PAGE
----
This got me thinking about speech therapy around the world and given the statistics that around the world more people own a smart phone than computers, could these parents who do not have access to professional be using the apps, which have made educational materials mainstream, to help their child learn?
I have traveled a LOT around the word, been to Africa, Europe, Asia, South, Central and North America; I have over 40 countries under my belt and have seen a lot of service delivery models around the world. I have been to many countries not necessarily as a tourist, but as a professional to observe therapy sessions and learn more about speech therapy, and it amazes me how I have been able to forget and become so distant from the reality outside of the US.
Please, do not think I am not also aware that there are remote areas in the US where children do not have the necessary services, I am well aware of that, hence the explosion of telepractice services for SLPs. Telepractice services in of itself is a concept that few of my good colleagues in certain other countries even know exists. While I was very fortunate to go to college in Brazil, a country that graduates some of the best quality SLPs I have ever met in my career, I also graduated from a country that SLPs have to create their own articulation and picture exchange materials one by one from photographs in a magazine (I DID THIS). At the same time, smart phones have grown increasingly popular and common. Could the combination of these factors: lack of professional services, lack of paper products, high number of smart phones, and affordable educational apps be a reasonable solution for the time being?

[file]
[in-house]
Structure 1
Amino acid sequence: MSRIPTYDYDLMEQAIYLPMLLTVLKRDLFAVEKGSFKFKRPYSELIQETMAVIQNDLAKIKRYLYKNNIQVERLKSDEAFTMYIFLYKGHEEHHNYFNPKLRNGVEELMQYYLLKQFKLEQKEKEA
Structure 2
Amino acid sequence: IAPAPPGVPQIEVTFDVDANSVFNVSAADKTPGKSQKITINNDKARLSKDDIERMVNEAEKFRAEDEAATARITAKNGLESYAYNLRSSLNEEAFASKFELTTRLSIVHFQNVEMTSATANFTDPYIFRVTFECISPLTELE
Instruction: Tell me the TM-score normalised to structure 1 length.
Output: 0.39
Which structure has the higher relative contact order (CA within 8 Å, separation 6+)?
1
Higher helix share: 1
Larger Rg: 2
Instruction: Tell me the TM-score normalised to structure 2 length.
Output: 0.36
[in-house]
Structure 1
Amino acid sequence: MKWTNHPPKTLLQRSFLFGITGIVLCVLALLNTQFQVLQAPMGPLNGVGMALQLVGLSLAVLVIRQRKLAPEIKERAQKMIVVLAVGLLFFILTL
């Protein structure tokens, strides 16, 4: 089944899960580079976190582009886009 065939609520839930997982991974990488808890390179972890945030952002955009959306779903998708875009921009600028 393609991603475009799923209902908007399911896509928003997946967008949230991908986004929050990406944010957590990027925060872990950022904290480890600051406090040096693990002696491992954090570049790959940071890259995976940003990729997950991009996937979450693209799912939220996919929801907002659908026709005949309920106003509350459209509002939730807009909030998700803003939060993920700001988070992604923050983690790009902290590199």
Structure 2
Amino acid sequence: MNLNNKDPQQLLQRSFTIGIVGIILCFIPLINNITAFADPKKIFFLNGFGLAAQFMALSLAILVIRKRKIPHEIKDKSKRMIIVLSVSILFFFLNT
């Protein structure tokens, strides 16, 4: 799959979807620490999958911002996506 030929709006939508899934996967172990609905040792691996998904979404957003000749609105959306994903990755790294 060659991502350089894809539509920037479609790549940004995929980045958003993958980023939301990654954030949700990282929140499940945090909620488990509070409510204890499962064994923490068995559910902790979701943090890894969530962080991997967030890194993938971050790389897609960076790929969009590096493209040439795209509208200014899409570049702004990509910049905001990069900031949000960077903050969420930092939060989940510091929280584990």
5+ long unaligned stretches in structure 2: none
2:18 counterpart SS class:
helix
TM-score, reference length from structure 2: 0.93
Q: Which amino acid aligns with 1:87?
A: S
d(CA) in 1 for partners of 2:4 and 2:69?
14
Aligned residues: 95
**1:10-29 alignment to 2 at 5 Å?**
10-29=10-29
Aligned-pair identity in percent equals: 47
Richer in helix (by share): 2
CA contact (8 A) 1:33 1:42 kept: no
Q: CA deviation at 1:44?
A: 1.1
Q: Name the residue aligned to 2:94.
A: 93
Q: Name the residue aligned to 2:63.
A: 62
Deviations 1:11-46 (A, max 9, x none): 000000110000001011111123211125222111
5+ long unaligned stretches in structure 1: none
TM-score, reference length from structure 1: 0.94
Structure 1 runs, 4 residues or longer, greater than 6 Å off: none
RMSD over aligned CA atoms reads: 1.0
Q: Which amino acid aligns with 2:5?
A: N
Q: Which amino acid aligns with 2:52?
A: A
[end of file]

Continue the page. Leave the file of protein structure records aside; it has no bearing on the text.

Of course, there is yet another side of the issue: most educational apps are in English only. Which is yet another barrier that many non-English speaking countries face. The upside to this is that these educational apps are indeed much more affordable than traditional equivalent materials, which makes them a step closer to those who for sure would never be able to afford any form of non-paper AAC system, or cannot get their insurance to cover any or few sessions.
After thinking very hard on this subject, I am still not sure if it is possible to take a stand on this very controversial subject which can be so far from my current reality, as this is a very theoretical discussion that may not bring any real solutions to those who need it, which is why I feel strongly motivated to do from this day forward. This is not as much simply a professional issue as it is a social issue, it requires more than only SLP knowledge and discussions, but I hope one day we can have a positive outlook and can feel we are all moving in the right direction.
Thanks for bringing me back to reality outside of my own very small SLP circle. Please be sure to also read the comments and reactions about this post, and to post your reaction as an SLP or parent living this reality.